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Psychomotor depressive symptoms may differentially respond to venlafaxine

Singh, Ajeet B.a,b; Bousman, Chad A.b,c,f,d; Ng, Chee H.b; Byron, Keithg; Berk, Michaela,b,d,e

International Clinical Psychopharmacology: May 2013 - Volume 28 - Issue 3 - p 121–126
doi: 10.1097/YIC.0b013e32835f1b9f
Original Articles

Predicting differential antidepressant efficacy remains an elusive goal in major depressive disorder (MDD). The aims of this study were three-fold. Firstly, to examine if psychomotor retardation symptoms (item 8 on the 17-item Hamilton Depression Rating Scale) improve preferentially to venlafaxine (VEN) over escitalopram (ESC) treatment. Secondly, whether the 18 item CORE psychomotor signs scale predicted antidepressant remission. Finally, to investigate the role of two norepinephrine transporter gene (NET) polymorphisms (rs2242446 and rs5569) on antidepressant efficacy. Adults with Diagnostic and Statistical Manual of Mental Disorders, 4th ed. MDD (n=113) were treated with ESC or VEN prospectively for 8 weeks and rated serially with the Hamilton Depression Rating Scale. In a subsample (n=51) of patients from one of the three recruitment sites, the CORE psychomotor signs scale was also administered at baseline. Participants treated with VEN had significantly greater reduction in psychomotor retardation symptoms than those treated with ESC. The CORE scale did not predict antidepressant response or remission. Neither NET polymorphism moderated antidepressant efficacy. Findings suggest possible preferential utility of a selective serotonin and noradrenaline reuptake inhibitor in cases of MDD presenting with greater psychomotor retardation. The moderate to small sample size makes a type II error risk possible, and the negative findings need to be interpreted with caution. The positive finding of preferential efficacy of VEN for psychomotor retardation symptoms has potential translational utility.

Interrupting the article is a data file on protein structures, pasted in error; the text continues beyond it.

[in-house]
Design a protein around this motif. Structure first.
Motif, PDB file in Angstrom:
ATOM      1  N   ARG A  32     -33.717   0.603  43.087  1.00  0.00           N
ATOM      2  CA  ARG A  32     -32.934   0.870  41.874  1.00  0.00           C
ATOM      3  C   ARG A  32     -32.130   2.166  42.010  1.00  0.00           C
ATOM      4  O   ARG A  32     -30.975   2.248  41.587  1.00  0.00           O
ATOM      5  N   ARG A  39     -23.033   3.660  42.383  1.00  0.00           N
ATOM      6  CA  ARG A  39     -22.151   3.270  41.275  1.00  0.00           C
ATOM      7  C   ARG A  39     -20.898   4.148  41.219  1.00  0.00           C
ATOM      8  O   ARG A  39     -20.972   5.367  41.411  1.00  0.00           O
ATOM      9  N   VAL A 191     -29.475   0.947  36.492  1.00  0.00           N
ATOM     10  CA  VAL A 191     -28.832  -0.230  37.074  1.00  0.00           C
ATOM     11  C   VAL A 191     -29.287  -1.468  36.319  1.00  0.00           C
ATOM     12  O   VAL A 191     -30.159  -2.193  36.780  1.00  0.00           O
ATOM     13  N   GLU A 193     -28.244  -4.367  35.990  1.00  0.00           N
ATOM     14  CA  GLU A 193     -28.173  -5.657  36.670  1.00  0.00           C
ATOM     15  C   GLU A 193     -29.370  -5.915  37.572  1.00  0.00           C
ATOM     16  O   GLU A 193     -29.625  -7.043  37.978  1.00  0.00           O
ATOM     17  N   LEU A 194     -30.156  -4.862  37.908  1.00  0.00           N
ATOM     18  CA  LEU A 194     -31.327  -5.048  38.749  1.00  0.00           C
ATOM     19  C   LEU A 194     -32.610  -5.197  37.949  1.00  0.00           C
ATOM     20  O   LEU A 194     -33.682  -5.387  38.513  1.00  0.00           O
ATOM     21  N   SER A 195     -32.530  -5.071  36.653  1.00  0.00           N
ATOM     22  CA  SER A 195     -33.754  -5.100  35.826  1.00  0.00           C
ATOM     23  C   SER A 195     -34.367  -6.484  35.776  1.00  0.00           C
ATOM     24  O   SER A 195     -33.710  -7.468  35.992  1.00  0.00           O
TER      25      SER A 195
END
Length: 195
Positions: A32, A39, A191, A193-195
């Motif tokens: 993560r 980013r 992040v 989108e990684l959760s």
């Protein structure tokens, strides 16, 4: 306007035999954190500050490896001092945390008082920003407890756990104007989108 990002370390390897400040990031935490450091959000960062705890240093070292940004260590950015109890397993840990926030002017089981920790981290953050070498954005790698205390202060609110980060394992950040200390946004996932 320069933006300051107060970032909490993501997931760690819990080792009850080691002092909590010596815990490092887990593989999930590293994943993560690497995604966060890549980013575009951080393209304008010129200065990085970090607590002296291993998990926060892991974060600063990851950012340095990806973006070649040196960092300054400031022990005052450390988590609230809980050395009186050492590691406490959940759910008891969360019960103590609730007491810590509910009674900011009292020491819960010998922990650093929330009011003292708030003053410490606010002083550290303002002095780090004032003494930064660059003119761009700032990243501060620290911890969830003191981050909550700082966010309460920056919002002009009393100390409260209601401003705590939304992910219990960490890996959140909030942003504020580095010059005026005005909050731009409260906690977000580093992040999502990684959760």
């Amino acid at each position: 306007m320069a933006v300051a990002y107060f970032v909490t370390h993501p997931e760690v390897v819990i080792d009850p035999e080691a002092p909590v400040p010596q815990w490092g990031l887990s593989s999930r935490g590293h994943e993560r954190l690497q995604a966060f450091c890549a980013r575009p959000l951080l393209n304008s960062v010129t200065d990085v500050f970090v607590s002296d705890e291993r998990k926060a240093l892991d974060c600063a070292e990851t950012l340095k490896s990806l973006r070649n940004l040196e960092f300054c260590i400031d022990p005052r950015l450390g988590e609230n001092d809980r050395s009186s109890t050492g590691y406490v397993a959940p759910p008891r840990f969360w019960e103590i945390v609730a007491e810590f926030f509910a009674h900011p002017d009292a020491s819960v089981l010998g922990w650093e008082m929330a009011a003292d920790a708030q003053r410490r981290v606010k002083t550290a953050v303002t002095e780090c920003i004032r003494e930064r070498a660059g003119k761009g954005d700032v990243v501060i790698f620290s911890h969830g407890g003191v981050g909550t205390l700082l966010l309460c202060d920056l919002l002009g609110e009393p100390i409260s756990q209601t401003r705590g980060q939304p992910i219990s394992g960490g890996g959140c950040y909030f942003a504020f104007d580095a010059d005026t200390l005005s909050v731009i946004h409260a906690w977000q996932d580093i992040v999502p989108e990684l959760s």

aSchool of Medicine, Deakin University, Geelong

Departments of bPsychiatry

cGeneral Practice, The University of Melbourne

dFlorey Institute for Neuroscience and Mental Health

eOrygen Youth Health Research Centre, Centre for Youth Mental Health, Parkville

fCentre for Human Psychopharmacology, Swinburne University of Technology, Hawthorne

gHealthscope Pathology, Clayton, Victoria, Australia

Correspondence to Dr Ajeet B. Singh, MBBS, MPsych, FRANZCP, School of Medicine, Deakin University, Geelong, PO Box 9148, St Albans Park, Victoria 3219, Australia Tel: +61 352 487 211; fax: +61 352 484 767; e-mail: a.singh@deakin.edu.au

Received November 7, 2012

Accepted January 17, 2013

© 2013 Lippincott Williams & Wilkins, Inc.